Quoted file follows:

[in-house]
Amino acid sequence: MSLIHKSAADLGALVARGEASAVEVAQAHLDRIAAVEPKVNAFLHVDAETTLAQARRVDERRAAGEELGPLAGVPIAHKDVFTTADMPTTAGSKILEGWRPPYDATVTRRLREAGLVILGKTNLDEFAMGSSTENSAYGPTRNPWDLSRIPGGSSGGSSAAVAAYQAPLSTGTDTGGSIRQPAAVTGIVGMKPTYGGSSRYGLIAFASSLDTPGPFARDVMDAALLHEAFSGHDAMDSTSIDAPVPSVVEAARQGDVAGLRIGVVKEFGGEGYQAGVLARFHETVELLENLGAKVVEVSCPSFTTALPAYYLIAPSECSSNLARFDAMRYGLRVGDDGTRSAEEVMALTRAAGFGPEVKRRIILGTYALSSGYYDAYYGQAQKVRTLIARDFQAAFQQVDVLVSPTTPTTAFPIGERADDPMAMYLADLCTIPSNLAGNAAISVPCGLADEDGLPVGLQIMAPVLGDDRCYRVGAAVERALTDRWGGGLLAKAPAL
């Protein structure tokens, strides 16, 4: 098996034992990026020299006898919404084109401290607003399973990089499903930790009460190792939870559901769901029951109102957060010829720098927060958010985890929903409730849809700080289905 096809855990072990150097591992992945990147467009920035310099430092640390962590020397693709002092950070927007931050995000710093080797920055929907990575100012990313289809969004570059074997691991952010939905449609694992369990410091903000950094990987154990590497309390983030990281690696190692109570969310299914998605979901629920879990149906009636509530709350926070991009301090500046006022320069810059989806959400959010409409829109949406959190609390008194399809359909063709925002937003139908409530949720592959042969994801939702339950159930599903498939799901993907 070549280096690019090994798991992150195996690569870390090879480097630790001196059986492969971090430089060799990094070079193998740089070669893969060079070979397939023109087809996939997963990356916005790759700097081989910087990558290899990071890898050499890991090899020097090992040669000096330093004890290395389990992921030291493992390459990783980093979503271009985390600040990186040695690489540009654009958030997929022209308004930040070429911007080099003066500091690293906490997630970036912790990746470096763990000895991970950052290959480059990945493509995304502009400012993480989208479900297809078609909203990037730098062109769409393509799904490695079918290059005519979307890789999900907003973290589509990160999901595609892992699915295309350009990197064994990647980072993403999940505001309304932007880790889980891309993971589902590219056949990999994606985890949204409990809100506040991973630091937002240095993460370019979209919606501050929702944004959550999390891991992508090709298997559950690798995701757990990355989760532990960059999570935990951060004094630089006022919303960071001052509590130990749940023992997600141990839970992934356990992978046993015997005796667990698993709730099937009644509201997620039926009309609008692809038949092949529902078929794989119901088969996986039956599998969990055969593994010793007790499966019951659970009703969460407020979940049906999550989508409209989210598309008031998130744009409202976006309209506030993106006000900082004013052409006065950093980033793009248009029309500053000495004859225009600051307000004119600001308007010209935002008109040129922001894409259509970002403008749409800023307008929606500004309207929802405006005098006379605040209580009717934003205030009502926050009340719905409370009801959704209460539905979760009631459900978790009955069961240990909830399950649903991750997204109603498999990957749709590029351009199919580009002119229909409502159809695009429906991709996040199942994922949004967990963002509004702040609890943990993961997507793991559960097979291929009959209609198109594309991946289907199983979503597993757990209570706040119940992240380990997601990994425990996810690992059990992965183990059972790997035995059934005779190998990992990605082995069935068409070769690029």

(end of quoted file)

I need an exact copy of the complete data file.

[in-house]
Amino acid sequence: MSLIHKSAADLGALVARGEASAVEVAQAHLDRIAAVEPKVNAFLHVDAETTLAQARRVDERRAAGEELGPLAGVPIAHKDVFTTADMPTTAGSKILEGWRPPYDATVTRRLREAGLVILGKTNLDEFAMGSSTENSAYGPTRNPWDLSRIPGGSSGGSSAAVAAYQAPLSTGTDTGGSIRQPAAVTGIVGMKPTYGGSSRYGLIAFASSLDTPGPFARDVMDAALLHEAFSGHDAMDSTSIDAPVPSVVEAARQGDVAGLRIGVVKEFGGEGYQAGVLARFHETVELLENLGAKVVEVSCPSFTTALPAYYLIAPSECSSNLARFDAMRYGLRVGDDGTRSAEEVMALTRAAGFGPEVKRRIILGTYALSSGYYDAYYGQAQKVRTLIARDFQAAFQQVDVLVSPTTPTTAFPIGERADDPMAMYLADLCTIPSNLAGNAAISVPCGLADEDGLPVGLQIMAPVLGDDRCYRVGAAVERALTDRWGGGLLAKAPAL
């Protein structure tokens, strides 16, 4: 098996034992990026020299006898919404084109401290607003399973990089499903930790009460190792939870559901769901029951109102957060010829720098927060958010985890929903409730849809700080289905 096809855990072990150097591992992945990147467009920035310099430092640390962590020397693709002092950070927007931050995000710093080797920055929907990575100012990313289809969004570059074997691991952010939905449609694992369990410091903000950094990987154990590497309390983030990281690696190692109570969310299914998605979901629920879990149906009636509530709350926070991009301090500046006022320069810059989806959400959010409409829109949406959190609390008194399809359909063709925002937003139908409530949720592959042969994801939702339950159930599903498939799901993907 070549280096690019090994798991992150195996690569870390090879480097630790001196059986492969971090430089060799990094070079193998740089070669893969060079070979397939023109087809996939997963990356916005790759700097081989910087990558290899990071890898050499890991090899020097090992040669000096330093004890290395389990992921030291493992390459990783980093979503271009985390600040990186040695690489540009654009958030997929022209308004930040070429911007080099003066500091690293906490997630970036912790990746470096763990000895991970950052290959480059990945493509995304502009400012993480989208479900297809078609909203990037730098062109769409393509799904490695079918290059005519979307890789999900907003973290589509990160999901595609892992699915295309350009990197064994990647980072993403999940505001309304932007880790889980891309993971589902590219056949990999994606985890949204409990809100506040991973630091937002240095993460370019979209919606501050929702944004959550999390891991992508090709298997559950690798995701757990990355989760532990960059999570935990951060004094630089006022919303960071001052509590130990749940023992997600141990839970992934356990992978046993015997005796667990698993709730099937009644509201997620039926009309609008692809038949092949529902078929794989119901088969996986039956599998969990055969593994010793007790499966019951659970009703969460407020979940049906999550989508409209989210598309008031998130744009409202976006309209506030993106006000900082004013052409006065950093980033793009248009029309500053000495004859225009600051307000004119600001308007010209935002008109040129922001894409259509970002403008749409800023307008929606500004309207929802405006005098006379605040209580009717934003205030009502926050009340719905409370009801959704209460539905979760009631459900978790009955069961240990909830399950649903991750997204109603498999990957749709590029351009199919580009002119229909409502159809695009429906991709996040199942994922949004967990963002509004702040609890943990993961997507793991559960097979291929009959209609198109594309991946289907199983979503597993757990209570706040119940992240380990997601990994425990996810690992059990992965183990059972790997035995059934005779190998990992990605082995069935068409070769690029």